Is the grains story just getting a bit too passe for funds?
Certainly, there was talk of manged money giving up on the complex, after Tuesday’s US Department of Agriculture Wasde report left key estimates unchanged – although soft commodities did retain appeal.
Certainly, many investors were struggling for alternative explanations for the extent of Chicago price falls on Tuesday, when corn futures for May close down 2.2% at $5.34 a bushel, ending below their 40-day moving average for only the second time since August.
Soybean futures for May dropped 2.1% to $14.09 ¾ a bushel, although wheat did manage to limit its losses for May to 0.6%, leaving the contract at $6.52 ½ a bushel.
Certainly, bears had some cards to play.
Richard Feltes at RJ O’Brien noted forecasts for “extensive rains coming into Argentina next week, expectations for low US export sales tomorrow and a reasonably favourable early spring outlook for the US Midwest Delta”, an early spring-planting area.
Terry Reilly at Futures International flagged too that “some are pointing to South American weather for the reason for the weakness in the Chicago complex”.
As for the trade factor, “some feel lower Brazil soybean export prices could suggest a bigger crop and potential exports to the US”, said Steve Freed at ADM Investor Services.
But there was also a sense that ennui, after a USDA Wasde briefing termed “dull”, “boring”, “a non-event” was encouraging some funds to look for more racy investment frontiers.
After all, bulls did have some points in their favour too.
On the Argentine soybean front, the Rosario grains exchange hacked its forecast for the imminent harvest by 4.0m tonnes to 45.0m tonnes – in a briefing which cautioned how even on Monday, forecasts for heavy rains (of more than 2 inches in places) had come to nought.
“Significant cloud systems dominated the skies again,” across major growing areas. “However, in the few places where there were rains, the accumulated amount was around 1mm”, the exchange said.
‘No time to short’
Meanwhile, US ethanol production last week, at 938,000 barrels per day, soared by 10.5% week on week to the highest level since mid-January, EIA data showed, more than regaining ground lost during last month’s cold snap.
And Mr Freed flagged market estimates for US corn stocks at the close of 2020-21 at 1.050bn-1.125bn bushels, well below the 1.502bn-bushel number restated by the USDA in the Wasde, and based on a larger export number.
For soybeans, he noted market estimates of 40m-100m bushels, below the Wasde figure of 120m bushels.
“This suggest a need for higher acres and perfect spring and summer weather,” Mr Freed said, adding that “this appears to be no time to short soybean futures”.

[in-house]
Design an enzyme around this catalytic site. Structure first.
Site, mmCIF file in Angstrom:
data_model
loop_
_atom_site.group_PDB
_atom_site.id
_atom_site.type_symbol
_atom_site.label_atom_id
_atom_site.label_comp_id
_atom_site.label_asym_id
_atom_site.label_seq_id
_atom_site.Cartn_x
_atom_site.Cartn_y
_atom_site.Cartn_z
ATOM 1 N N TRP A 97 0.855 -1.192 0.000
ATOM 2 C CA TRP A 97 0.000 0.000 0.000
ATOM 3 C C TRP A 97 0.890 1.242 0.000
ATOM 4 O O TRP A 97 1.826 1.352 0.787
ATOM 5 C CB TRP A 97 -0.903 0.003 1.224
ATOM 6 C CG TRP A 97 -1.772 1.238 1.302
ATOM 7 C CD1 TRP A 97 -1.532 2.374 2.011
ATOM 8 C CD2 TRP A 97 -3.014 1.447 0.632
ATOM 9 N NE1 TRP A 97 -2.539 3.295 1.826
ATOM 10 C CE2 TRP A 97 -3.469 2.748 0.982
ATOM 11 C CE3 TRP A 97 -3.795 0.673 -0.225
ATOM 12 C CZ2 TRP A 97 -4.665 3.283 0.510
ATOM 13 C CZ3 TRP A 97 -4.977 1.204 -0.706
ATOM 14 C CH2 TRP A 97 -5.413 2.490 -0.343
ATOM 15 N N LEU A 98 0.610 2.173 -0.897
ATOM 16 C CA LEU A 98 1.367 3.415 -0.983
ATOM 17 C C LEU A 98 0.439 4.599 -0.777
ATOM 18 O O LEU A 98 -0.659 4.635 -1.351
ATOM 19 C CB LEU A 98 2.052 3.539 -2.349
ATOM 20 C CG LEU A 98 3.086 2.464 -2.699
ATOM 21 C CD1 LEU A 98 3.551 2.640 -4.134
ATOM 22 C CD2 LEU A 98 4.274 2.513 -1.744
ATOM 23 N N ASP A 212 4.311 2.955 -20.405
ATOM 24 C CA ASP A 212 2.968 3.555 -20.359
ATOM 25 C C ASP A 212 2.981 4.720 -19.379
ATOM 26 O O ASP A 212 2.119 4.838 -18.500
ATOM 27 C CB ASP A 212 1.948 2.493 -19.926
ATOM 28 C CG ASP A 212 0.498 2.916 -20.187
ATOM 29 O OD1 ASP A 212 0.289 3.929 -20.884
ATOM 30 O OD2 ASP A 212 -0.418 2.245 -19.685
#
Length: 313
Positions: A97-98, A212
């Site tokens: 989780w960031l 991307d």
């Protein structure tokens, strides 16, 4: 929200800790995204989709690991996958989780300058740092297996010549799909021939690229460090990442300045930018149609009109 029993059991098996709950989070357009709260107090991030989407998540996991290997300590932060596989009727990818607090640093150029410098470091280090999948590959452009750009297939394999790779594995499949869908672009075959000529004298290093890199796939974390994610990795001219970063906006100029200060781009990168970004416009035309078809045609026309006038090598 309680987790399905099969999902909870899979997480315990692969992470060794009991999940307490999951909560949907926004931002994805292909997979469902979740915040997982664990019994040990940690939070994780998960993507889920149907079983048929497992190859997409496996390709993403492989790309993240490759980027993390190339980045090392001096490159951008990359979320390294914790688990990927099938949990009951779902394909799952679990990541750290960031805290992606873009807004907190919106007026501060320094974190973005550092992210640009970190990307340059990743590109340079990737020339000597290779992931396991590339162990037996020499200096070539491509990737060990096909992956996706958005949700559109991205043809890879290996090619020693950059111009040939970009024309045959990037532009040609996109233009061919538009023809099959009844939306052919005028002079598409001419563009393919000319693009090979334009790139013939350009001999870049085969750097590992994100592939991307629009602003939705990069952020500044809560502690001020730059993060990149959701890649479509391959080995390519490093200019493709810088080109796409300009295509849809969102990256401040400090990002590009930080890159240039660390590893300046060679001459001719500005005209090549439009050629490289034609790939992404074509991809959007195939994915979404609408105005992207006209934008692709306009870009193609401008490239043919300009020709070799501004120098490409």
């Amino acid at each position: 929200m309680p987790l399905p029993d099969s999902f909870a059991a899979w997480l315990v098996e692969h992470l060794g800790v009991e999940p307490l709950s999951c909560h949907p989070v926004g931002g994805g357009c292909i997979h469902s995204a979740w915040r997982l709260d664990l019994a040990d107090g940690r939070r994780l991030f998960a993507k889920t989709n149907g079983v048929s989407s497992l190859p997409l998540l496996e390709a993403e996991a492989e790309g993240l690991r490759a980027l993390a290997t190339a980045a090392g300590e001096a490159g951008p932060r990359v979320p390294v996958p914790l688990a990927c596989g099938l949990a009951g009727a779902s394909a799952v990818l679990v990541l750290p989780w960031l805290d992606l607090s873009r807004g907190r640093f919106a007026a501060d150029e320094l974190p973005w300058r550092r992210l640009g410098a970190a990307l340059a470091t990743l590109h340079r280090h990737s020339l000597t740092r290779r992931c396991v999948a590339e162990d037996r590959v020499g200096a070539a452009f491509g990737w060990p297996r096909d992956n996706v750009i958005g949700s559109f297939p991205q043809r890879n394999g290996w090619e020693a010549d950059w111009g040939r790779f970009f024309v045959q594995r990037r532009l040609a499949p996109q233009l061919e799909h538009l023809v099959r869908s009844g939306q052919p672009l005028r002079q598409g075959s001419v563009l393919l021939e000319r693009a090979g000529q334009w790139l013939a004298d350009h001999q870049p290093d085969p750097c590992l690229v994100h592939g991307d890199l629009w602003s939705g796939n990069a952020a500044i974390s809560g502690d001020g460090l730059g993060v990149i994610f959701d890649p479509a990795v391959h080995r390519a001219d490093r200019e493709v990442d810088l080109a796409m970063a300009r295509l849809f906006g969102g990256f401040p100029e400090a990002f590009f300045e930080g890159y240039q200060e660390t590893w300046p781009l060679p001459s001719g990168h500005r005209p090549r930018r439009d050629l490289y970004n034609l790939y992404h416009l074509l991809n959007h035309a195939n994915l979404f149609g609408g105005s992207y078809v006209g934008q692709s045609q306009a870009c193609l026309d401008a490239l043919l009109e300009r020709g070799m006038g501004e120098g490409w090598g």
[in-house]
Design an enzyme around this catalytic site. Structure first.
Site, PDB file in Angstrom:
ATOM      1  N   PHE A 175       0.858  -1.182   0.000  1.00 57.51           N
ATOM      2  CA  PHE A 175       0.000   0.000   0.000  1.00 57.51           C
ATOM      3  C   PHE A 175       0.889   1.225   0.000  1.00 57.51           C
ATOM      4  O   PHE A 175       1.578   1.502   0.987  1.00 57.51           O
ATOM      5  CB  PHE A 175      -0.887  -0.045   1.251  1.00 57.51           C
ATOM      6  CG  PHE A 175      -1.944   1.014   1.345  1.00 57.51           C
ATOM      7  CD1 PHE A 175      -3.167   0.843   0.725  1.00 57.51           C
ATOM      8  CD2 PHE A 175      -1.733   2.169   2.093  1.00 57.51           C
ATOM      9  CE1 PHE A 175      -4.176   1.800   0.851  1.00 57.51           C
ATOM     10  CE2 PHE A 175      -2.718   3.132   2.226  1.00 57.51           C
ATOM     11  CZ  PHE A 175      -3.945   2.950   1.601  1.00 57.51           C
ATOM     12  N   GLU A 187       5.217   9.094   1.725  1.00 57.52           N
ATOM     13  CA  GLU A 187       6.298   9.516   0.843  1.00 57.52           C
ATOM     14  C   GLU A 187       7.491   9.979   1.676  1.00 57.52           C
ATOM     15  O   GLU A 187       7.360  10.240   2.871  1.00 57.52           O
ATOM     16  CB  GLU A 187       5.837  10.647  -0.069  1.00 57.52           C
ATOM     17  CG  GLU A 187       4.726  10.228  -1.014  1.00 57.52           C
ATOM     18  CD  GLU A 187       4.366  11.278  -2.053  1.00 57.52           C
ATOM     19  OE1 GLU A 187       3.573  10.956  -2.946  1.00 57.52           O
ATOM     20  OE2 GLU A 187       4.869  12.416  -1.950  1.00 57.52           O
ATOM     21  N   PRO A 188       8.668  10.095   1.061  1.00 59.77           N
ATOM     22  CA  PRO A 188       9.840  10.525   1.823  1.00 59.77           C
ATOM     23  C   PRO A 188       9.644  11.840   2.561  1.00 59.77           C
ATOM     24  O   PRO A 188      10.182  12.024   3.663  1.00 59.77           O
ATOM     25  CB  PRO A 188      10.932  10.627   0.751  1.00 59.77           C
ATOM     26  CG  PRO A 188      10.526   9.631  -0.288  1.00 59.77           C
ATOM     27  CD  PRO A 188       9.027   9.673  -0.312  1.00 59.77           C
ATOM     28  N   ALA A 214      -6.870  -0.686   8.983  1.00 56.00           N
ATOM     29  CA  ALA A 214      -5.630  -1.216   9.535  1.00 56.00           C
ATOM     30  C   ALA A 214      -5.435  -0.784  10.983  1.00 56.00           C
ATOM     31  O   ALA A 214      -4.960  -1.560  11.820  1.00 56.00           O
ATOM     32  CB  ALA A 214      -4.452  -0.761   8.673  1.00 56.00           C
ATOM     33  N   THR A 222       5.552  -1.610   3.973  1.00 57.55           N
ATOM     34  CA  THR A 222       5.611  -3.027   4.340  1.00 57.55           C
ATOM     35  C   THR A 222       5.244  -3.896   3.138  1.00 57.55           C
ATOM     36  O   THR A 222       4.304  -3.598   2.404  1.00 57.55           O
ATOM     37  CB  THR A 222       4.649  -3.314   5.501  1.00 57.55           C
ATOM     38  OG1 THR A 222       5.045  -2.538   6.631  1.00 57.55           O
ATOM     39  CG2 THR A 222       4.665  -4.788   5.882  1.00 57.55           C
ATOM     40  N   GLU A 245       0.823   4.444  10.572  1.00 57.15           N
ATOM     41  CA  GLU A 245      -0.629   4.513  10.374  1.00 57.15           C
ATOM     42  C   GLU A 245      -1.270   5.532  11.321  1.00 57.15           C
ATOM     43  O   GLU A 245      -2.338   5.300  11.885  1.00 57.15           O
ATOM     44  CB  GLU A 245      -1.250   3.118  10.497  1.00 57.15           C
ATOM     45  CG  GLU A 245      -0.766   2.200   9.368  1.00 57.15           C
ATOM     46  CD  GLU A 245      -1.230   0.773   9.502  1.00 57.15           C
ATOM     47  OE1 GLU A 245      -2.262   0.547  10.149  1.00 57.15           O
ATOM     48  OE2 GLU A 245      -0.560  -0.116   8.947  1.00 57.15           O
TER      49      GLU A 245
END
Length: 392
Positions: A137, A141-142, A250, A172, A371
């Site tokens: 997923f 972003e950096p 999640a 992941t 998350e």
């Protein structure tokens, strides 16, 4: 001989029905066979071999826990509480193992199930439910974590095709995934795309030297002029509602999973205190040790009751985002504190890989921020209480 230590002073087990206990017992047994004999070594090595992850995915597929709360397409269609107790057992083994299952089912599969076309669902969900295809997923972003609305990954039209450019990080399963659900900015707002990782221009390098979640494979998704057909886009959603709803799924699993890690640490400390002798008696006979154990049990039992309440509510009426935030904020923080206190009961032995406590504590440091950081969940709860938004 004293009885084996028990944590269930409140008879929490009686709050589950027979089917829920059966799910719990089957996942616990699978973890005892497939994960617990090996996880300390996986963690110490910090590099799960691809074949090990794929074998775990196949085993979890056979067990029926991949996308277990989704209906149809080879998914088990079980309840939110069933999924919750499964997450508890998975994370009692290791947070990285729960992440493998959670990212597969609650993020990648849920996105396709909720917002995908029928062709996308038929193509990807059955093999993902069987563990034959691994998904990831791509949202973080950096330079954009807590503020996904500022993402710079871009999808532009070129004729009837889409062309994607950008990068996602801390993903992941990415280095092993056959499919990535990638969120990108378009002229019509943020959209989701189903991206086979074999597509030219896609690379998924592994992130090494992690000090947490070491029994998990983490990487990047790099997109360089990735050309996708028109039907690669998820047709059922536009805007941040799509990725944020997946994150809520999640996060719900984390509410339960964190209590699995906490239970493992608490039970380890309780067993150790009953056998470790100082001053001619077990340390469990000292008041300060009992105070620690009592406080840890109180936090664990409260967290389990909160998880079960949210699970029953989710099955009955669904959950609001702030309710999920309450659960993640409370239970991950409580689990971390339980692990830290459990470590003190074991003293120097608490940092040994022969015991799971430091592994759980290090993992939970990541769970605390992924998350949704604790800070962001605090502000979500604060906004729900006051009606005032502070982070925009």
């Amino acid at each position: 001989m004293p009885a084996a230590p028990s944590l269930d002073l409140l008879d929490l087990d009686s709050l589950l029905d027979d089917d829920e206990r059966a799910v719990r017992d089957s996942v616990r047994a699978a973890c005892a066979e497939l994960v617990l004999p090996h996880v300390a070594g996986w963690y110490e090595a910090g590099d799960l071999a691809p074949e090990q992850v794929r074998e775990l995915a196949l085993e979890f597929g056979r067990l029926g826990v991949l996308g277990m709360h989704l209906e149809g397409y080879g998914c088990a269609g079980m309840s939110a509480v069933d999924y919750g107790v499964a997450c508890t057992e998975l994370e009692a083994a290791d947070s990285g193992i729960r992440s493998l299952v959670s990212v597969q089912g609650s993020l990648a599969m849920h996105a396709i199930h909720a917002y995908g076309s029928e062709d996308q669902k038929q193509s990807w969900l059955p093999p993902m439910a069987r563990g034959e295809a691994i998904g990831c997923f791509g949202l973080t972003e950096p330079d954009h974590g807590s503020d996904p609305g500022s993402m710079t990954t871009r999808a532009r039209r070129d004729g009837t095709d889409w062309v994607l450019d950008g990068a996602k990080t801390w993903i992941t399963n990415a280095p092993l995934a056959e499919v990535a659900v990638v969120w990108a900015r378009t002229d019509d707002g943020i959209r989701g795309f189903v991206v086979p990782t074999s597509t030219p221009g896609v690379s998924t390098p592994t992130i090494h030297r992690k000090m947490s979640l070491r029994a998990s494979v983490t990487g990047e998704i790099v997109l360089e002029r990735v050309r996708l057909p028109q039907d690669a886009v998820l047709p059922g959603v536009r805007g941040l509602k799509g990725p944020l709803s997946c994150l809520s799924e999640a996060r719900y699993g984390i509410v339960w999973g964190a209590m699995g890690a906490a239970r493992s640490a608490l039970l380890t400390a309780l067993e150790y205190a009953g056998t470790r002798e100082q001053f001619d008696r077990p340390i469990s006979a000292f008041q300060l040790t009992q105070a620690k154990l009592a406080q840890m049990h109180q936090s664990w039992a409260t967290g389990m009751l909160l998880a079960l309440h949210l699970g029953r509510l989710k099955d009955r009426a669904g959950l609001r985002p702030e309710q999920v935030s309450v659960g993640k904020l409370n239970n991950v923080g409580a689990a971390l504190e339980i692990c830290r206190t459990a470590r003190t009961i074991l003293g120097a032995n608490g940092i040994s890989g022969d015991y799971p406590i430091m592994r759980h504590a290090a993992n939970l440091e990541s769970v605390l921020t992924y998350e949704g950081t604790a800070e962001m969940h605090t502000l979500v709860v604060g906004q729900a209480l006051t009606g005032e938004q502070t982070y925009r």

‘A touch stale’
Still, as CHS Hedging put it, grains traded lower “after analysts were disappointed with an unchanged USDA report yesterday”.
Mr Feltes said that a “price plunge lacking specific catalyst suggests that a portion of managed fund longs are opting to head to the sidelines, awaiting the next major development on supply which is unlikely to be clarified until late March at the earliest”.
(The USDA at the end of this month releases as much-anticipated briefing on US growers’ crop planting intentions.)
Benson Quinn Commodities, meanwhile, noted speculators liquidating “positions that have become a touch stale.
“There is a feeling that the liquidation of speculative length will continue simply because the positions aren’t offering as much reward as they once had,” the broker said.
It added that the Wasde had not just been “bland”, but “uninspiring” - and “bull markets need to be inspired”.
Still, investors appeared to have no trouble buying soft commodities – even cotton, which plunged limit-down in the last session.
The New York May cotton contract rebounded by 1.1% to 85.22 cents a pound on Wednesday, having been reduced by the last session’s fall “to a level where mill fixation of on-call commitments should support the market,” said Louis Rose at Rose Commodity Group.
Raw sugar futures, meanwhile, added 0.4% to 15.96 cents a pound for May – which actually appears a rather modest gain given the strength of tailwinds from energy markets, with Brent crude up 0.7% at $68.01 a barrel and a Brazilian real which leaped 2.7% against the dollar.
The jump in the real – strength in which boosts dollar values of assets in which Brazil is a big player – was attributed to a cocktail of factors, including efforts to revive emergy Covid-19 aid, and data showing unexpectedly strong Brazilian service sector activity in January.
‘Risk of running out’
Arabica coffee, meanwhile, for May added 0.3% to 130.85 cents a pound, also helped by the real, but also by further concerns over Brazil’s 2021 harvest prospects.
Safras e Mercado restated a forecast for the all-coffee crop at 57.10m bags, above estimates from many other commentators, but below a level of 60m bags which it said was needed to avoid a squeeze on Brazilian exports.
It also noted a slowdown in Brazilian farmer selling, saying that “the producer is not selling anymore because he is afraid of the risk of not having coffee”.